A recent three-part series in the New York Times, (Arbitration Everywhere, Stacking the Deck of Justice October 31, 2015), which spotlighted certain abuses and injustices in particular types of arbitration, has gained wide attention in the ADR community, the broader legal community and with the public. While the series was unquestionably effective in pointing out problems where they exist, it also painted with such a broad brush as to tarnish (perhaps inadvertently) the arbitration system as a whole, and the many respected and ethical professionals who operate within it, and who provide just and effective resolutions to conflicts of many forms.
The primary emphasis of the series in the Times was the growing use of arbitration clauses being placed into commercial and consumer contracts among parties with unequal bargaining power, such as low-wage employees against their employers, credit card or bank customers against large financial organizations, and the like. Such arbitration clauses are being inserted in an ever-widening range of contracts, often buried in fine print and unbeknownst to the consumer or not understood by them, and in circumstances that bear no resemblance to freely negotiated agreements. The articles were particularly critical of corporations including arbitration clauses that have been interpreted to waive class actions by consumers, a practice which has been upheld by recent, highly controversial, Supreme Court decisions. While reasonable people’s opinions can differ about the merits of class actions, with some critics believing that they benefit attorneys more than the class members, the Times articles demonstrate that without the leverage of class actions, it is simply impractical to pursue many claims, by arbitration or otherwise, against large corporations.
The second installment of the series was particularly troubling to the ADR community. It highlighted a small number of cases, the outcomes of which seemed particularly unjust, and strongly suggested that the process of arbitration, and arbitrators as a whole, were somehow biased and that the system itself was anti-consumers or plaintiffs. Obviously, unjust outcomes are not unique to the arbitration process, as evidenced by the unpredictability of jury decisions. However, a few anecdotes of inequitable arbitration awards should not characterize the work of so many dedicated arbitrators who objectively follow the evidence and make unbiased and reasoned decisions.
The Times articles makes a case for reform, either by court decisions or legislative response, as to the use of mandatory arbitration clauses in contracts that are neither prominently displayed nor understood by the parties, and particularly in circumstances where parties have significantly unequal bargaining power.
It is the professional obligation of the ADR community, which we believe is undoubtedly shared by the populous of dedicated professionals providing arbitration services, to emphasize that the arbitration process has a long and honorable history, and should justifiably remain a viable and often preferred option to litigation and trial for many disputes. Unlike the situations described in the Times, arbitration is more frequently and freely decided upon by parties and their attorneys in ongoing cases, without any mandatory arbitration clause. It is selected as the preferred dispute resolution process because one or more of its inherent features is appropriate for the case, such as:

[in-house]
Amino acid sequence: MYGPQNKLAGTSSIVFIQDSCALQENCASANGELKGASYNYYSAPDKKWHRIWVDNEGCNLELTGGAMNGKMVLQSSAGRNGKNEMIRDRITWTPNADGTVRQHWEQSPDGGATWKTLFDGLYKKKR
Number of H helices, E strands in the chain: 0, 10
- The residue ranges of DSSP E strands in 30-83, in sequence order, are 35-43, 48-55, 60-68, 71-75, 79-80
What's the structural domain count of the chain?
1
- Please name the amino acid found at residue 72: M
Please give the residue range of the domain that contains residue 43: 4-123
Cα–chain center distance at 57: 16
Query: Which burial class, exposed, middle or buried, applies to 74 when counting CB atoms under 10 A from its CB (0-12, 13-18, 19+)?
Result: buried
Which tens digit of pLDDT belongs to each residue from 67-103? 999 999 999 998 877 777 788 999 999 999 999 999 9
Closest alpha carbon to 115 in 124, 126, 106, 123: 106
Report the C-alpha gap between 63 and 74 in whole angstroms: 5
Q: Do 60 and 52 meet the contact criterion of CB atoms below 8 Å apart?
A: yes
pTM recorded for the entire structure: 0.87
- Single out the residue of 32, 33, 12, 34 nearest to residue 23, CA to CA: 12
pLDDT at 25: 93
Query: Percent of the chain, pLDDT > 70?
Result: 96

- the time, expense, and costs saved by choosing arbitration over extensive litigation, discovery, and trial in the court system;
- the ability to mutually select the arbitrator or panel of arbitrators to hear the case, customarily neutrals with legal expertise in the area of the law involved and with track records of integrity and fairness;
- the convenience and efficiency of selecting the time and place of the hearing;
- the privacy of a conference room over a court room, and the finality of an arbitration award, as may be deemed mutually beneficial to the parties.
The Times article focuses on abuses pertaining to a narrow segment of the arbitration field, the regrettable hallmark of which is the use of arbitration clauses in contracts involving parties with unequal bargaining power and where the agreement is neither fully understood nor freely bargained for. As such, its focus is not — and should not —be seen as representative of arbitration or arbitrators as a whole. As attorneys and ADR providers we are bound by strict ethical rules and believe that authentic neutrality is at the very center of our mission and professional life. Indeed, those are the reasons why ADR has become so progressively utilized and appropriate as a fair and effective resolution process, and that it is trials in the courtroom which are now viewed by many as “the alternative.”